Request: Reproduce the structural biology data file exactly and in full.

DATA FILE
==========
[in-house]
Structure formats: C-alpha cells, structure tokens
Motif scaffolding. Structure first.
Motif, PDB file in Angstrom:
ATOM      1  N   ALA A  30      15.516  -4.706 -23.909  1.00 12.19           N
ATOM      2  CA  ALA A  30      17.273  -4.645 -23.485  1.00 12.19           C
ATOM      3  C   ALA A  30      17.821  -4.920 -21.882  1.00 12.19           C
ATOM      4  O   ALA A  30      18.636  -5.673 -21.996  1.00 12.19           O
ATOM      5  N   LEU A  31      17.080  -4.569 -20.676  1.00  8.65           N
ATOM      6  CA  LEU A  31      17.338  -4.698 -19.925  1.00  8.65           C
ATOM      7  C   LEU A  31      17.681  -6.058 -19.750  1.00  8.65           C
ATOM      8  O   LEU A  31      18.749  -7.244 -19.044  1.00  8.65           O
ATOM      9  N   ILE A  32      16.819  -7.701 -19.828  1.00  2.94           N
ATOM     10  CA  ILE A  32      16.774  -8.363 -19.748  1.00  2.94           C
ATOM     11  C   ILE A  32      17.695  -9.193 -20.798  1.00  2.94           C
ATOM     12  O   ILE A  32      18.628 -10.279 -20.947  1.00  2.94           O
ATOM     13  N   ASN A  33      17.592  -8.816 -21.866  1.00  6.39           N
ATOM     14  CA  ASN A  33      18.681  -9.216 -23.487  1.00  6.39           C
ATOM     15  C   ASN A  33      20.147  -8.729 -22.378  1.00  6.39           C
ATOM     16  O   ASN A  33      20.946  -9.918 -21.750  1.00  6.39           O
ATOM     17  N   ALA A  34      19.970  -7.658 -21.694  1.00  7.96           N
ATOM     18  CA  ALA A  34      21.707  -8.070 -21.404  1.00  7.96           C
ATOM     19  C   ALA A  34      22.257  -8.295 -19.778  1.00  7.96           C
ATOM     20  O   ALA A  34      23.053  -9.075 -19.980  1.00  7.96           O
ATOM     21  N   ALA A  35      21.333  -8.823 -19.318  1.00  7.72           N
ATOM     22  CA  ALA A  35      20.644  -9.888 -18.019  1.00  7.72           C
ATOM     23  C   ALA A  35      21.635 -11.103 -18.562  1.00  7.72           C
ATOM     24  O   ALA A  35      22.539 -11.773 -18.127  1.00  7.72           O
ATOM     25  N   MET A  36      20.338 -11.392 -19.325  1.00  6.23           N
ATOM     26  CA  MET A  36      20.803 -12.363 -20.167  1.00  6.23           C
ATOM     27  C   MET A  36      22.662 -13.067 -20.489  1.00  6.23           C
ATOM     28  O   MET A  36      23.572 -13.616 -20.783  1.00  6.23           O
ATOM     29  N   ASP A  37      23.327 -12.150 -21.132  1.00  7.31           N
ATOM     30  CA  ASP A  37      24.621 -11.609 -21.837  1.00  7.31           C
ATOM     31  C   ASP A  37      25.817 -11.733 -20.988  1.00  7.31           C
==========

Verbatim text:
[in-house]
Structure formats: C-alpha cells, structure tokens
Motif scaffolding. Structure first.
Motif, PDB file in Angstrom:
ATOM      1  N   ALA A  30      15.516  -4.706 -23.909  1.00 12.19           N
ATOM      2  CA  ALA A  30      17.273  -4.645 -23.485  1.00 12.19           C
ATOM      3  C   ALA A  30      17.821  -4.920 -21.882  1.00 12.19           C
ATOM      4  O   ALA A  30      18.636  -5.673 -21.996  1.00 12.19           O
ATOM      5  N   LEU A  31      17.080  -4.569 -20.676  1.00  8.65           N
ATOM      6  CA  LEU A  31      17.338  -4.698 -19.925  1.00  8.65           C
ATOM      7  C   LEU A  31      17.681  -6.058 -19.750  1.00  8.65           C
ATOM      8  O   LEU A  31      18.749  -7.244 -19.044  1.00  8.65           O
ATOM      9  N   ILE A  32      16.819  -7.701 -19.828  1.00  2.94           N
ATOM     10  CA  ILE A  32      16.774  -8.363 -19.748  1.00  2.94           C
ATOM     11  C   ILE A  32      17.695  -9.193 -20.798  1.00  2.94           C
ATOM     12  O   ILE A  32      18.628 -10.279 -20.947  1.00  2.94           O
ATOM     13  N   ASN A  33      17.592  -8.816 -21.866  1.00  6.39           N
ATOM     14  CA  ASN A  33      18.681  -9.216 -23.487  1.00  6.39           C
ATOM     15  C   ASN A  33      20.147  -8.729 -22.378  1.00  6.39           C
ATOM     16  O   ASN A  33      20.946  -9.918 -21.750  1.00  6.39           O
ATOM     17  N   ALA A  34      19.970  -7.658 -21.694  1.00  7.96           N
ATOM     18  CA  ALA A  34      21.707  -8.070 -21.404  1.00  7.96           C
ATOM     19  C   ALA A  34      22.257  -8.295 -19.778  1.00  7.96           C
ATOM     20  O   ALA A  34      23.053  -9.075 -19.980  1.00  7.96           O
ATOM     21  N   ALA A  35      21.333  -8.823 -19.318  1.00  7.72           N
ATOM     22  CA  ALA A  35      20.644  -9.888 -18.019  1.00  7.72           C
ATOM     23  C   ALA A  35      21.635 -11.103 -18.562  1.00  7.72           C
ATOM     24  O   ALA A  35      22.539 -11.773 -18.127  1.00  7.72           O
ATOM     25  N   MET A  36      20.338 -11.392 -19.325  1.00  6.23           N
ATOM     26  CA  MET A  36      20.803 -12.363 -20.167  1.00  6.23           C
ATOM     27  C   MET A  36      22.662 -13.067 -20.489  1.00  6.23           C
ATOM     28  O   MET A  36      23.572 -13.616 -20.783  1.00  6.23           O
ATOM     29  N   ASP A  37      23.327 -12.150 -21.132  1.00  7.31           N
ATOM     30  CA  ASP A  37      24.621 -11.609 -21.837  1.00  7.31           C
ATOM     31  C   ASP A  37      25.817 -11.733 -20.988  1.00  7.31           C